Code In PostgreSQL: You can use WITH to name specific parts of SQL



This series of articles

This is the second of the Code in PostgreSQL series of articles.

Articles in this series

The reason why SQL is so important

When developing systems we often have a choice of writing code (NodeJS, C#, Python or PHP etc) or SQL. I believe that sometimes the decision to write code is taken without fully evaluating how much of the task could be offloaded to SQL.

In this series of articles I wish to show the huge benefits of using and learning SQL by examining progressively more difficult scenarios with increasing amounts of SQL knowledge. In doing this I hope to illustrate that sometimes large amounts of extra code is written for what SQL can achieve quicker, with less complexity and more readability.

To be more specific, we should try to follow the rule of least power more often.

About the Ergast data set

For this series of articles we will be using the Ergast data set, which is a provided under the Attribution-NonCommercial-ShareAlike 3.0 Unported Licence.

Setting up the Ergast database within PostgreSQL

To set up the Ergast database within PostgreSQL I did the following:

I allowed psql and friends to work without me having to put in a password all the time by configuring the PostgreSQL environmental variables.

export PGUSER=postgres PGPASSWORD=postgres PGDATABASE=postgres PGHOST=127.0.0.1

Then import the Ergast database. NOTE: At the time of writing I was unable to install the PostgreSQL version.

wget -O /tmp/f1db_ansi.sql.gz http://ergast.com/downloads/f1db_ansi.sql.gz
cat /tmp/f1db_ansi.sql.gz | gzip -d | sed 's/int(..)/int/' | sed 's/ \+AUTO_INCREMENT//' |  sed "s/\\\'/\'\'/g" |  sed 's/UNIQUE KEY \"\(\w\+\)\"/UNIQUE /' | sed 's/^ *KEY .*(\"\(.*\)\")/CHECK ("\1" > 0)/' | sed 's/ date NOT NULL DEFAULT .0000.*,/ date,/'| psql

Assumed level of SQL Knowledge

In this JavaScript example we will assume the writer has sufficient SQL knowledge to use a WHERE statement along with the ability to only return certain fields using SELECT. After this we will see how this can be accomplished in one single SQL statement using IN, ORDER BY and LIMIT.

Where we are

We saw in the previous article how we could select rows from one table using a condition on another table. In doing this we noticed that the SQL we created did not give a name to the section of code within the IN (…​) clause, which we did in the JavaScript code.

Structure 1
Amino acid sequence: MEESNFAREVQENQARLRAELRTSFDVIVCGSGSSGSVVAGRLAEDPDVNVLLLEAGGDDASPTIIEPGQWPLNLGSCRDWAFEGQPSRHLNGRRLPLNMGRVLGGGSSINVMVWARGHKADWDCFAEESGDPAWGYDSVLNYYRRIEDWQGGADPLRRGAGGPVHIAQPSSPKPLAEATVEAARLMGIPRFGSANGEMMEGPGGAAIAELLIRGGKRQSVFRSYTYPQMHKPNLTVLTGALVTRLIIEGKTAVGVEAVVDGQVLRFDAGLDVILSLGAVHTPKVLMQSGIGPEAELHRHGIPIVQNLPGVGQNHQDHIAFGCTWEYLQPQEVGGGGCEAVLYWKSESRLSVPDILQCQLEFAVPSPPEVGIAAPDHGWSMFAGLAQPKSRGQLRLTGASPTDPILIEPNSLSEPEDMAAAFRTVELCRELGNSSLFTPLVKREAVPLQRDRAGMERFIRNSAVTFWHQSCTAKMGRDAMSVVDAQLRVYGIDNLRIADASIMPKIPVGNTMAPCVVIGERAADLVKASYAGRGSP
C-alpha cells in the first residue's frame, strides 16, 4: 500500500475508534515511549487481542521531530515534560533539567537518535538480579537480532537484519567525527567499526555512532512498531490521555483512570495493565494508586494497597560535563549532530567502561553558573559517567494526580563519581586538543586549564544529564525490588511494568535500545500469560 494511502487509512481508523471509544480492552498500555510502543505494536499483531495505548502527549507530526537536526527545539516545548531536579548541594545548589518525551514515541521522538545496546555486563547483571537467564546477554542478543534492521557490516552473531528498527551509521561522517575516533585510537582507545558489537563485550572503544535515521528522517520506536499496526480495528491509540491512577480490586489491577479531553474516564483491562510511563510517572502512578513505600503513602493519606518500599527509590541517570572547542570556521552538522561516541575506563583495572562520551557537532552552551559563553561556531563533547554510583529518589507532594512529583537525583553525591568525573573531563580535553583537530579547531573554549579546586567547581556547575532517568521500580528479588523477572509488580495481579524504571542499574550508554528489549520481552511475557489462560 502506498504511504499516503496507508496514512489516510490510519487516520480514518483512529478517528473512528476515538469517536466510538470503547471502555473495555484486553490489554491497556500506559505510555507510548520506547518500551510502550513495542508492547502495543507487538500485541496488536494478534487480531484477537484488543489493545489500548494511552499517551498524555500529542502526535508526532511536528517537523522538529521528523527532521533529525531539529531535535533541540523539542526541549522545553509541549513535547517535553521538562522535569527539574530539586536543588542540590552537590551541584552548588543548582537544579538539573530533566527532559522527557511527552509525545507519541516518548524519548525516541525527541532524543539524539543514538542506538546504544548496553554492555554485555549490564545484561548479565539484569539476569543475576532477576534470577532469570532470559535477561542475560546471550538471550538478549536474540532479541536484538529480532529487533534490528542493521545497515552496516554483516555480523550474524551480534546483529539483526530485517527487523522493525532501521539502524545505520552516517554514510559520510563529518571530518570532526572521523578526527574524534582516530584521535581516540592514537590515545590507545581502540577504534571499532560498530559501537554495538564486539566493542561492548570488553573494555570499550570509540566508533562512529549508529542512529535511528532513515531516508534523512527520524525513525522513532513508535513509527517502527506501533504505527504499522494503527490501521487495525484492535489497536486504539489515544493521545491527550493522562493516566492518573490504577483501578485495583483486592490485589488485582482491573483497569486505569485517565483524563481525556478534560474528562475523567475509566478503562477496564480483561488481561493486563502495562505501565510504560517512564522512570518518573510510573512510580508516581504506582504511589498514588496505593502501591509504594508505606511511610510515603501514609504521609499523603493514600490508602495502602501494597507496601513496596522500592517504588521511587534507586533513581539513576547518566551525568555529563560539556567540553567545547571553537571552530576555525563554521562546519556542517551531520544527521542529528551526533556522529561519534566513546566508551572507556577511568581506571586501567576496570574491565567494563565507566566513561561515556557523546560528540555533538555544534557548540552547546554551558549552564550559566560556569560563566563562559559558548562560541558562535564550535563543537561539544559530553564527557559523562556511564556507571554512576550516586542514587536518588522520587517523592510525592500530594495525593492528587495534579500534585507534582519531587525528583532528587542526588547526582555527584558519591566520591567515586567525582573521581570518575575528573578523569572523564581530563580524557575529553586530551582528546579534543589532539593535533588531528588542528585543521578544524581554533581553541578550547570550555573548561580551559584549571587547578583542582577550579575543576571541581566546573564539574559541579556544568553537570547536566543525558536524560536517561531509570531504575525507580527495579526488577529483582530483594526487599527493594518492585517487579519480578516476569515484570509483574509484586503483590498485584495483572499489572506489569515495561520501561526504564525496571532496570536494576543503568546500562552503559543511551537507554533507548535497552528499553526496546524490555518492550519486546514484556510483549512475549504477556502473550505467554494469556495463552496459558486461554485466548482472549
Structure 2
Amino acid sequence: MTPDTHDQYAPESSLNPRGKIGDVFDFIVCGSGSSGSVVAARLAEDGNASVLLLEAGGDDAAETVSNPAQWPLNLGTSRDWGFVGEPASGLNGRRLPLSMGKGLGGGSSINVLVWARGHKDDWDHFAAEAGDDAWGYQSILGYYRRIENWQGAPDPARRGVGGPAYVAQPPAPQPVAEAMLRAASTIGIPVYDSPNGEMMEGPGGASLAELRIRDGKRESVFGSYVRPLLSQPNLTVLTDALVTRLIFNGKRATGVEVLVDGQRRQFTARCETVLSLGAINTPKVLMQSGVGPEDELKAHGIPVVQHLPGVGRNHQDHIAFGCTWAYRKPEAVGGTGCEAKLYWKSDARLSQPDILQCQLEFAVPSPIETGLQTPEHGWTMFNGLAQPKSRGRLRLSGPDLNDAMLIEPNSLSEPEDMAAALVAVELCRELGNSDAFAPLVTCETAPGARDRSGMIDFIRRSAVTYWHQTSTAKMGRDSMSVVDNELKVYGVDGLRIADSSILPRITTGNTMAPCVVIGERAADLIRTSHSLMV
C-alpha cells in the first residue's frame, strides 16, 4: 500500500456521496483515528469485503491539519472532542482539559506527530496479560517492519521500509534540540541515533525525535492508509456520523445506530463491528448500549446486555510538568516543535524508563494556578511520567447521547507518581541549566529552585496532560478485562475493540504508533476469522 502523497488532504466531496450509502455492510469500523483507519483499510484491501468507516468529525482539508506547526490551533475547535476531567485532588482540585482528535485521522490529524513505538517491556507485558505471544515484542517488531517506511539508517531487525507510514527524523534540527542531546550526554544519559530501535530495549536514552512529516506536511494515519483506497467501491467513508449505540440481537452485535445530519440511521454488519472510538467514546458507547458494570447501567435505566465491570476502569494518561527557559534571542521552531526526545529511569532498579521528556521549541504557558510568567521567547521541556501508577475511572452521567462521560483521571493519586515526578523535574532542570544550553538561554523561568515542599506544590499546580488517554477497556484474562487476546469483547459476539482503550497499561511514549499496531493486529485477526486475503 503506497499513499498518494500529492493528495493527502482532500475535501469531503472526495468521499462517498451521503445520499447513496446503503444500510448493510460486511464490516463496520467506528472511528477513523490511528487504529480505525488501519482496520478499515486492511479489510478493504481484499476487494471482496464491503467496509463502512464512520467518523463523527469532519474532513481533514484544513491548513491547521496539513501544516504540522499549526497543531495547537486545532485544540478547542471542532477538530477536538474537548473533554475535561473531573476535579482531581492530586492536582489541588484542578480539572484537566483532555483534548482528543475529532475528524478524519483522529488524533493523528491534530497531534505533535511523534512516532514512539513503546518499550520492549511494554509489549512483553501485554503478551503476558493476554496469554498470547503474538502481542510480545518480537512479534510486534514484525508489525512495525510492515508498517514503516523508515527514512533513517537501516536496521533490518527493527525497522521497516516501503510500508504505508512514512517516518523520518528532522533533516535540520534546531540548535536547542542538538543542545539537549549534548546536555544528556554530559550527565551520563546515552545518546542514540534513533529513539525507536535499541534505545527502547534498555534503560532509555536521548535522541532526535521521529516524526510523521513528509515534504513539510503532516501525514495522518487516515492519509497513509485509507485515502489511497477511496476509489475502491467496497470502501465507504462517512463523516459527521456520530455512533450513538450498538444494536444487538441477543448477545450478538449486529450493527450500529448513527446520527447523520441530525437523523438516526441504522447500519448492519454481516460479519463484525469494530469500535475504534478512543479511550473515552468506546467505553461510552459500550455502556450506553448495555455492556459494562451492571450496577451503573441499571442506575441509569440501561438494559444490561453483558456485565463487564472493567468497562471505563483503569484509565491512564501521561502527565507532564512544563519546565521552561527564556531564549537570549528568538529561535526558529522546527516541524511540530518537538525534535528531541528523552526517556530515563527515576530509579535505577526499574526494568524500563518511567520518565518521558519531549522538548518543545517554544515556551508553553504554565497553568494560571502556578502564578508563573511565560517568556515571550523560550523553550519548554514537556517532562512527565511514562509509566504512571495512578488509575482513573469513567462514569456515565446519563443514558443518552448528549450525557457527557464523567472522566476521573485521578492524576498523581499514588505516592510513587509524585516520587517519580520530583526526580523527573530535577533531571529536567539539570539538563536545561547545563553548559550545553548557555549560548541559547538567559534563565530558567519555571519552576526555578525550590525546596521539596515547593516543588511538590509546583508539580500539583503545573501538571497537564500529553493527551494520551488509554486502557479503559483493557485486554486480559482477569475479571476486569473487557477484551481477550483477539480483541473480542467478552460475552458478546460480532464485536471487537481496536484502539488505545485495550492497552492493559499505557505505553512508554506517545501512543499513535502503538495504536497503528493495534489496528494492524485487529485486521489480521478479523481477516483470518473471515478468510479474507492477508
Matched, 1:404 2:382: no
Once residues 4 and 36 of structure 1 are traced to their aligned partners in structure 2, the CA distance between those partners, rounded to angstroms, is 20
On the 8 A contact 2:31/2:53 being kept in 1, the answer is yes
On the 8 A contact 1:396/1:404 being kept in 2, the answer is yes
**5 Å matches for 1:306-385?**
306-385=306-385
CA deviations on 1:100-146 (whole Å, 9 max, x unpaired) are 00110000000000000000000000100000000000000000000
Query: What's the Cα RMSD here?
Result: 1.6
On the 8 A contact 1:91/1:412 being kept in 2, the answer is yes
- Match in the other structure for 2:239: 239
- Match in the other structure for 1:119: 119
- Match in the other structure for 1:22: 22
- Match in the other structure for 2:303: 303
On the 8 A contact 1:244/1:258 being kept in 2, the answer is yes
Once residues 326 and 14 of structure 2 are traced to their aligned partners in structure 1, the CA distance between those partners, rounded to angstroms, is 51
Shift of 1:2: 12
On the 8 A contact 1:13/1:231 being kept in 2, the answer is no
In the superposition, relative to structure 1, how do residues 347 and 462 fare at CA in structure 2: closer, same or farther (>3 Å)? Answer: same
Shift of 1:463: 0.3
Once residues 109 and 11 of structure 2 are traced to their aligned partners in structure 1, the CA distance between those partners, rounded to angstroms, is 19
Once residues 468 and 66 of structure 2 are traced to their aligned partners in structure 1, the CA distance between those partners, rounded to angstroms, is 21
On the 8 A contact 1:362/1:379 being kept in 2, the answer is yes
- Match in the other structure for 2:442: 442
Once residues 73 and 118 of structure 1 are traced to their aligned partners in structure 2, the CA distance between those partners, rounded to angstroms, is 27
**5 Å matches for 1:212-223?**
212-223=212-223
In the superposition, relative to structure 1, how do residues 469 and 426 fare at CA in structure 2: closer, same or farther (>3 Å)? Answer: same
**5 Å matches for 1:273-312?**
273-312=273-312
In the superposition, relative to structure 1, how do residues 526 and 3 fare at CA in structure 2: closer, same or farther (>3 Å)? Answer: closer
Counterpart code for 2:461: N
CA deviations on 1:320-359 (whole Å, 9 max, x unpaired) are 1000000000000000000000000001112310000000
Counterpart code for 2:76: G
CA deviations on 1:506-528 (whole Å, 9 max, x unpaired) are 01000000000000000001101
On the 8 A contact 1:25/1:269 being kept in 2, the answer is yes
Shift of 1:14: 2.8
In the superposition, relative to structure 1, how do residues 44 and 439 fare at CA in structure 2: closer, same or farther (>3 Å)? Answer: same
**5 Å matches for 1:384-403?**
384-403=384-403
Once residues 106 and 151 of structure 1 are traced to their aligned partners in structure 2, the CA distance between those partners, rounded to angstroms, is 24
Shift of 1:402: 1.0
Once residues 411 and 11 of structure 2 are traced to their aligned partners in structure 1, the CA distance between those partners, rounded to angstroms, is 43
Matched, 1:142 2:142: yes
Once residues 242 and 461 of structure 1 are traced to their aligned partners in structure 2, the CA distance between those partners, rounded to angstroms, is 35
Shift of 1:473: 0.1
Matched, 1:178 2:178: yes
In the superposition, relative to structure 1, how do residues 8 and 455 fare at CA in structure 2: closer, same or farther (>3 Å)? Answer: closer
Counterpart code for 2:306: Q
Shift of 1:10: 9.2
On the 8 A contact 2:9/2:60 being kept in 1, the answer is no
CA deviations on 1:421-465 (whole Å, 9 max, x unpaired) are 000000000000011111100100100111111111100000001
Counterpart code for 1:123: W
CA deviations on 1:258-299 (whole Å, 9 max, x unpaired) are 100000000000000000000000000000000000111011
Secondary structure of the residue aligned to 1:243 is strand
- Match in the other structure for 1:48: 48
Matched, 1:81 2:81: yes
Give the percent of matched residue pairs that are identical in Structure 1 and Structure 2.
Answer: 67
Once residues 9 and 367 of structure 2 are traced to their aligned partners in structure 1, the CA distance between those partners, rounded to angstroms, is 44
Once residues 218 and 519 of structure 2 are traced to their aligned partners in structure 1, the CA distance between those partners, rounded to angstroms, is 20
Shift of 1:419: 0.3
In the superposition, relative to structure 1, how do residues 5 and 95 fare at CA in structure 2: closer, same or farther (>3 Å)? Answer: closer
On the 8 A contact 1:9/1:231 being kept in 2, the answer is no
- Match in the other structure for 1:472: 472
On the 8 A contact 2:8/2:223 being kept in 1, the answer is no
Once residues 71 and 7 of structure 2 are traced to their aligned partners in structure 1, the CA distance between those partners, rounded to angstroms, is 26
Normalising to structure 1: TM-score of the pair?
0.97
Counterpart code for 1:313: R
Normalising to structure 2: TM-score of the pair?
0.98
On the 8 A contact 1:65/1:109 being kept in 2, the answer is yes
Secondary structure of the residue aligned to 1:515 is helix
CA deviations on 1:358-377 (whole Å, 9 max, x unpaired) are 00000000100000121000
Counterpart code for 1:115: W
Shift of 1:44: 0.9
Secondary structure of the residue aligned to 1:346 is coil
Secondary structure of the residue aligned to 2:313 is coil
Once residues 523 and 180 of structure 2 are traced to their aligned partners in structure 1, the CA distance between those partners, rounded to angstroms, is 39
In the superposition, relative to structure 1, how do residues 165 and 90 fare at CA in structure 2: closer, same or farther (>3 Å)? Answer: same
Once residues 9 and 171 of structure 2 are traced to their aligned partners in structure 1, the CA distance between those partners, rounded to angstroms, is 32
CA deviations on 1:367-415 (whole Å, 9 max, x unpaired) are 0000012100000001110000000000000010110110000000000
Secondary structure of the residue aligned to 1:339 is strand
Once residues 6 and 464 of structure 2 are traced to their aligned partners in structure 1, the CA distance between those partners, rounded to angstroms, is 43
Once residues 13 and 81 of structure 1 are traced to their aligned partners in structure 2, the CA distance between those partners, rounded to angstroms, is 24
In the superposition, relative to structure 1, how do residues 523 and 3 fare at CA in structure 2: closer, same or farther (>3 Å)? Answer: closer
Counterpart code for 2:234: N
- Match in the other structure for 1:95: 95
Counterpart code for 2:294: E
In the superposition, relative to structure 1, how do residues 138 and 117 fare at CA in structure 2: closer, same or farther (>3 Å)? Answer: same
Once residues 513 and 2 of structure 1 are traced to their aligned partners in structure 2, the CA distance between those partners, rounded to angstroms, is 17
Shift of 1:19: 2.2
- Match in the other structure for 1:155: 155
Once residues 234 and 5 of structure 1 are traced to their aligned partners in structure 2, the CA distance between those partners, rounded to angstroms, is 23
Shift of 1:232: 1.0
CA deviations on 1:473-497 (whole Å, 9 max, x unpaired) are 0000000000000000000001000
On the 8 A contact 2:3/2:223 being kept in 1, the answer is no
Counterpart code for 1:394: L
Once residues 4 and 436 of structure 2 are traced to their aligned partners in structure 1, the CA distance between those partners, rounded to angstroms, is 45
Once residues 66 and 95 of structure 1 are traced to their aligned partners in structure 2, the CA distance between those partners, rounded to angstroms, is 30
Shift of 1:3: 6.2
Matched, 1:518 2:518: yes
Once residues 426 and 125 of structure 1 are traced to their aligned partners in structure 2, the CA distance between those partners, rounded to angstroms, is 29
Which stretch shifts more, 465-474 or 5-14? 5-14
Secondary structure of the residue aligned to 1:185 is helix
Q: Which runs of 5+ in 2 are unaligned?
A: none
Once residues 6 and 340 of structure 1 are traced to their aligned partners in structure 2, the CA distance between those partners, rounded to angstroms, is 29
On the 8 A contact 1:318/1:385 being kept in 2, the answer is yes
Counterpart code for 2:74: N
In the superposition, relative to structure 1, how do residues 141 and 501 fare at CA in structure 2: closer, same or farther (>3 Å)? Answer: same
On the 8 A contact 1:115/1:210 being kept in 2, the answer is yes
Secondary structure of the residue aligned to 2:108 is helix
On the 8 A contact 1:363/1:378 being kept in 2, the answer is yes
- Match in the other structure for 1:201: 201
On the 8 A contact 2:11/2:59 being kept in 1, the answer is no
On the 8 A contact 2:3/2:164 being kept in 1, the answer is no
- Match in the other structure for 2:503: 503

For the next few articles our SQL will be simple enough that we will not feel a great need to name sections of code. At some point however, as the complexity ramps up, we’re going to want to start naming sections of our SQL to enhance readability.

The original SQL

SELECT
    "driverStandings".points,
    "driverStandings"."driverId",
    2017 as year
FROM "driverStandings"
WHERE "raceId" IN (
    SELECT "raceId" FROM races
    WHERE year = 2017
    ORDER BY "round" DESC
    LIMIT 1
)
ORDER BY
    "driverStandings".points DESC,
    "driverStandings"."driverId" ASC

The aim

We would like to give a name to the section of code within the IN (…​) clause.

Common Table Expressions

Functions in code are magical, yes they have a name, take parameters and give you back a result, but the amazing thing is that they have a name. Because they have names you are not forced to think about their internal workings. You can think about a named function as a distinct thing in and of itself, which frees your mind to think about the larger picture and higher level concepts.

Giving names to things is not an alien concept to SQL. As you can see in "The original SQL" we actually gave the third column whose value is 2017 the name "year". You can also name, or alias other things within your SQL but this falls far short of how we think (or not) about functions.

Common Table Expressions are the closest I have found to being able to name and refer to sections of SQL.

The SQL

WITH "racesIn2017" as (
    SELECT "raceId" FROM races WHERE year = 2017
    ORDER BY "round" DESC
    LIMIT 1
)
SELECT
    "driverStandings".points,
    "driverStandings"."driverId",
    2017 as year
FROM "driverStandings"
WHERE "raceId" IN ( SELECT "raceId" FROM "racesIn2017" )
ORDER BY "driverStandings".points DESC

IN the above code we have taken the contents of the IN (…​) statement and moved it into a common table expression called racesIn2017 at the top. We then have to select from that common table expression within the IN (…​) clause again so in characters typed we have something longer, but we have achieved something else…​

There is no WHERE within the IN (…​) clause any more, that complexity has been moved to the common table expression. WHERE is not difficult to understand but obviously the complexity we could have abstracted away and named in the common table expressions could have been far far greater.

Pro’s

  • The ability to name and refer to a section of code is incredibly important because the developer can think about it as one thing, as opposed to the details that make it up.

Con’s

Results

The results are identical to the previous version.

cat include/code-in-postgresql/2019-03-03-in-order-by-limit.sql | psql-out > include/code-in-postgresql/2019-03-03-in-order-by-limit-result.csv

points driverId year

363

1

2017

317

20

2017

305

822

2017

205

8

2017

200

817

2017

168

830

2017

100

815

2017

87

839

2017

54

832

2017

43

13

2017

43

807

2017

40

840

2017

28

154

2017

19

825

2017

17

4

2017

13

838

2017

8

835

2017

5

826

2017

5

836

2017

0

18

2017

0

814

2017

0

828

2017

0

841

2017

0

842

2017

0

843

2017

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